In the wake of almost daily revelations about the scope of domestic spying during Obama’s watch, his apologists are scrambling to explain away an unavoidable truth about the difference between Obama, the successful presidential candidate, and Obama, the president of the United States who has been spying in just about every way, shape, and form on the people who elected him to office.
The official White House press office . . . oh, sorry, I read that wrong . . . the New York Times has come up with answer: Obama was right to oppose spying when he was a Senator, because that’s what Senators do; and he’s correct to authorize spying when he’s a president, because that’s what Obamas who are presidents need to do. No. Really. That’s exactly what the Times said:
As a young lawmaker defining himself as a presidential candidate, Barack Obama visited a center for scholars in August 2007 to give a speech on terrorism. He described a surveillance state run amok and vowed to rein it in. “That means no more illegal wiretapping of American citizens,” he declared. “No more national security letters to spy on citizens who are not suspected of a crime.”
More than six years later, the onetime constitutional lawyer is now the commander in chief presiding over a surveillance state that some of his own advisers think has once again gotten out of control.
The journey between those two speeches reflects the transition from the backbench of the United States Senate to the chair behind the Resolute Desk in the Oval Office. Like other presidents before him, the idealistic candidate skeptical of government power found that the tricky trade-offs of national security issues look different to the person charged with using that power to ensure public safety.
Putting aside the Times implicit acknowledgment that Obama either was a stupid Senator, incapable of understanding national security, or that he’s an evil President, who’s working to gather intelligence so that he can later use it against people he deems, in future, to be his enemies, there’s something else that bothers me about the Times‘ argument. It’s the political equivalent of the judicial estoppel doctrine.
Judicial estoppel means that, in the context of a lawsuit, if you put an argument before the court and lose on it, you are allowed later to come up with an entirely different argument, including one that completely discredits your earlier failed effort. However, if you put an argument before the court and win on it, meaning that your argument affects the outcome of the judicial process, you may not later disavow that argument. You’re stuck with it or, in legal terms, you’re judicially estopped from changing your position:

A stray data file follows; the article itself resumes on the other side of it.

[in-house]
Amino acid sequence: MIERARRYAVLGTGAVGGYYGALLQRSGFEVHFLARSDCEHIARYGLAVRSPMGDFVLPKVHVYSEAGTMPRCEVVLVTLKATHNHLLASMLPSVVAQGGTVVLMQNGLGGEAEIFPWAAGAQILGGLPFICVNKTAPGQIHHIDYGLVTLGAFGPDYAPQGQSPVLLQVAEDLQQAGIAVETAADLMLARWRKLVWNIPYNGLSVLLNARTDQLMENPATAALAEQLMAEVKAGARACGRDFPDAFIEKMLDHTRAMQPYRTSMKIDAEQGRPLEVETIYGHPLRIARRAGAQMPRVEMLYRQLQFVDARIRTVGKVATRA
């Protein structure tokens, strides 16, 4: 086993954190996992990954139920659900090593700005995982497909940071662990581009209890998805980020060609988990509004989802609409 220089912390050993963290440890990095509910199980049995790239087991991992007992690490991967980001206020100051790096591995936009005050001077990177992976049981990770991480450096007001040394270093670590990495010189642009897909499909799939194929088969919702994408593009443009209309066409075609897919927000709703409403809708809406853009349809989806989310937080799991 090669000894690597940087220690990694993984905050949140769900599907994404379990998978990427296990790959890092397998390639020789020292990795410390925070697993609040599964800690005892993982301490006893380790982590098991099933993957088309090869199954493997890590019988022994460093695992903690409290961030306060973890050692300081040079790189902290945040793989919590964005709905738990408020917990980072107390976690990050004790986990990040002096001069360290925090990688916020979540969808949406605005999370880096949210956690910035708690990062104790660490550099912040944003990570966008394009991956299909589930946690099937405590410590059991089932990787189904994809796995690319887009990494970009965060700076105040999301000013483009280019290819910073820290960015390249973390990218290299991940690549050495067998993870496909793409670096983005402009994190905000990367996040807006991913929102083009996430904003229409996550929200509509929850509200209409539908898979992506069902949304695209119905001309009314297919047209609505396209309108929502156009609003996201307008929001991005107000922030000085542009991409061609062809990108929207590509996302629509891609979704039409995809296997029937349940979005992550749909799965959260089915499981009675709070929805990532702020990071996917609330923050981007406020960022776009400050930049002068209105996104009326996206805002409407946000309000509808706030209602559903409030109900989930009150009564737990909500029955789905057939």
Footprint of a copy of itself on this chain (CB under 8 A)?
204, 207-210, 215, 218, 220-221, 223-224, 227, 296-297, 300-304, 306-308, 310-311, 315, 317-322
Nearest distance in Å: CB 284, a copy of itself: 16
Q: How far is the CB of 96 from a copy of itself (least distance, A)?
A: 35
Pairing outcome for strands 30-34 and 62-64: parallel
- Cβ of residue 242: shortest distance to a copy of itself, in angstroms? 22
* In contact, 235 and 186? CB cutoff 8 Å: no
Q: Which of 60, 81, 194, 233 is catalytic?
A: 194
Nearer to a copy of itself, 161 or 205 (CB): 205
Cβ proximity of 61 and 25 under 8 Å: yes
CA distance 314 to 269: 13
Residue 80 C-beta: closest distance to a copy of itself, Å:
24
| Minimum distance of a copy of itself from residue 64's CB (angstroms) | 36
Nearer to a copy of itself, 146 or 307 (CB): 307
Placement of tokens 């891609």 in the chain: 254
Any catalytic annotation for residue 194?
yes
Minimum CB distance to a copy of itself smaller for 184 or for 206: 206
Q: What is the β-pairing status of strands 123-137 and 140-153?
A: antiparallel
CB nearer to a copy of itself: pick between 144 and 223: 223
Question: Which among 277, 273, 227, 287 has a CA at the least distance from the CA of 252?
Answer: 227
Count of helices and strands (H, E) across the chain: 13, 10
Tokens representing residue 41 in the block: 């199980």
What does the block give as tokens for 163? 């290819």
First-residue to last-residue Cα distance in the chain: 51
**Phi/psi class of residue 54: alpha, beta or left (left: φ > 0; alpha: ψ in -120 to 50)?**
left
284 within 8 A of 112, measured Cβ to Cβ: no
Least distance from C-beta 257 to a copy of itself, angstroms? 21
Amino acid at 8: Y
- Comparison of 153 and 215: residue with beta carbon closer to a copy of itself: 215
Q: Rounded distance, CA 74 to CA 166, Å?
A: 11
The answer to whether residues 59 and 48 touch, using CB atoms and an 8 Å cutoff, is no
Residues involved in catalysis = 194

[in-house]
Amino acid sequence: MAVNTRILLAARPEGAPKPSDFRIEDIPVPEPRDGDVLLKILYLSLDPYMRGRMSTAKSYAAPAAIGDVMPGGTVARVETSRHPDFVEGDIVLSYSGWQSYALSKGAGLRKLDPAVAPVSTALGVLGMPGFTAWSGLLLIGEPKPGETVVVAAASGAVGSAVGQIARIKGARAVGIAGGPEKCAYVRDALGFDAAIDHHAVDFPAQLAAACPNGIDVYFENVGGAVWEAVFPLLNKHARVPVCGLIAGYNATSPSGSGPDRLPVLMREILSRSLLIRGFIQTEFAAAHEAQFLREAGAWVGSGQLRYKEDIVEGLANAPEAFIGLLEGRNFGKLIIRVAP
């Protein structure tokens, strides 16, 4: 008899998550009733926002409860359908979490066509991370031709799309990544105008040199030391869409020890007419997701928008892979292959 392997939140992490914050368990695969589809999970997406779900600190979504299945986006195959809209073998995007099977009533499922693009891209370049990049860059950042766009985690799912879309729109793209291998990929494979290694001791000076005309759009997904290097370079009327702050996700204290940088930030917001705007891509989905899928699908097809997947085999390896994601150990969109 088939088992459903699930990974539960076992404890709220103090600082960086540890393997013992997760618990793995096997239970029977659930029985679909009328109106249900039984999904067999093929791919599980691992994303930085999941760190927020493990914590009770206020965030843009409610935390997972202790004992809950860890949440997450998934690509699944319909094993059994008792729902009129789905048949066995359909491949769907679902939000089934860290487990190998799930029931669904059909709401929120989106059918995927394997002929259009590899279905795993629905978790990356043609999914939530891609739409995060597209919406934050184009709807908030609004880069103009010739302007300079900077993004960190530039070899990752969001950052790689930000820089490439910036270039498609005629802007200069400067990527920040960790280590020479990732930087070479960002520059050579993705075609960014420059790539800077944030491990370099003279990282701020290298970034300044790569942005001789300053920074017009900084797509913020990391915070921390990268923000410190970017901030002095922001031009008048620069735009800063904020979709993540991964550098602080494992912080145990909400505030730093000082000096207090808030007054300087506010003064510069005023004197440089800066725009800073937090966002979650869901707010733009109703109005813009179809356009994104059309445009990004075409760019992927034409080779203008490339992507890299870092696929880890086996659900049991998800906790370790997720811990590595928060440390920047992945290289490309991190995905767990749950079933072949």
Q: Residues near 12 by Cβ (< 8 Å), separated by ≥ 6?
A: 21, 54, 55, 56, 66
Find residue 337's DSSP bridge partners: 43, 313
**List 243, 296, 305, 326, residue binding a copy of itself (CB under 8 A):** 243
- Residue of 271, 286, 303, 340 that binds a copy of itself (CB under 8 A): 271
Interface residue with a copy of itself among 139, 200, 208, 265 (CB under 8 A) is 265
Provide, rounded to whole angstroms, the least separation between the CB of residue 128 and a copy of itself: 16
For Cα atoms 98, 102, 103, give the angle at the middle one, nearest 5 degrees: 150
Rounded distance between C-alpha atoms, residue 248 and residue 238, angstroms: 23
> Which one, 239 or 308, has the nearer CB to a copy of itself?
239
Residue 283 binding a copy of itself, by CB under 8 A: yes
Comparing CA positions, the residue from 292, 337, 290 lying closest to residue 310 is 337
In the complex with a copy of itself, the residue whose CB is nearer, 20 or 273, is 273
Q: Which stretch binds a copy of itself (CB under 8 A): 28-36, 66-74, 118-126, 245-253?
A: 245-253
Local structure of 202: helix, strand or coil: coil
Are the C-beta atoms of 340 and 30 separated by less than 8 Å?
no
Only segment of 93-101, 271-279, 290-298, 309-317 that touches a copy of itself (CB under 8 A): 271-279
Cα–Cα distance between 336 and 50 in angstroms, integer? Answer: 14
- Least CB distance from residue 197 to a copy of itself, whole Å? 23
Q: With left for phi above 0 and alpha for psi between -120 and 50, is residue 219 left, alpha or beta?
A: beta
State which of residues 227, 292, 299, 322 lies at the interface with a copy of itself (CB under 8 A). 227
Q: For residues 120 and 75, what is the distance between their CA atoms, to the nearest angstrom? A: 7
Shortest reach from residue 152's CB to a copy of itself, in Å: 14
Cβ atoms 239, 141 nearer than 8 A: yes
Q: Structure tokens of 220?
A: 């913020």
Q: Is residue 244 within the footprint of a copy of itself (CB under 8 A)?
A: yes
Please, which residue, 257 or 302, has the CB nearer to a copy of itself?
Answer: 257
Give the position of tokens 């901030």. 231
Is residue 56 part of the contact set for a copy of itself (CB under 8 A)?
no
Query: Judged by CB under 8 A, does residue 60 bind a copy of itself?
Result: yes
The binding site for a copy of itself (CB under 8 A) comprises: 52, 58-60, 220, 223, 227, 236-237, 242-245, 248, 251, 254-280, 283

In accordance with the purpose of judicial estoppel, we conclude that the doctrine should apply when: (1) the same party has taken two positions; (2) the positions were taken in judicial or quasi-judicial administrative proceedings; (3) the party was successful in asserting the first position (i.e., the tribunal adopted the position or accepted it as true); (4) the two positions are totally inconsistent; and (5) the first position was not taken as a result of ignorance, fraud, or mistake. Jackson v. County of Los Angeles (1997) 60 Cal.App.4th 171, 183 [70 Cal.Rptr.2d 96, 103] (emphasis mine).
Candidate/Senator Barack Obama ran on a platform that vigorously opposed, in his own words, “national security letters to spy on citizens who are not suspected of a crime.” This stand was not incidental to his candidacy. It was, instead, one of the central tenets of his promise to be the un-Bush. It was part of how Obama won the presidency.
Having secured his victory, Obama is now advancing an entirely inconsistent position. In court, that’s a no-no. In the political world, at least without an explanation for the change, it should be a no-no too. Moreover, Obama’s pretending that he knew nothing about the spying that took place on his watch (which the New York Times has implicitly conceded was yet another Obama lie) cannot be sufficient to invalidate a perfect example of a situation in which the doctrine of judicial estoppel should apply.
Once again, Obama and the MSM, working together, play judge and jury when it comes to Obama’s conduct. There’s never a need for an executioner, of course, since Obama and the MSM always reach an acquittal.
This reminds me of an old joke:
Two men are standing together, watching a third man walk by. The third man is infamous for his arrogance, narcissism, and hypocrisy, prompting one of the men watching to turn to the other to say, “There but for the grace of God, goes God.”
Obama and the MSM may think Obama is the Messiah, although a rather tattered and tarnished one now, but we’re still lucky: Thanks to the grace of God, he’s not God.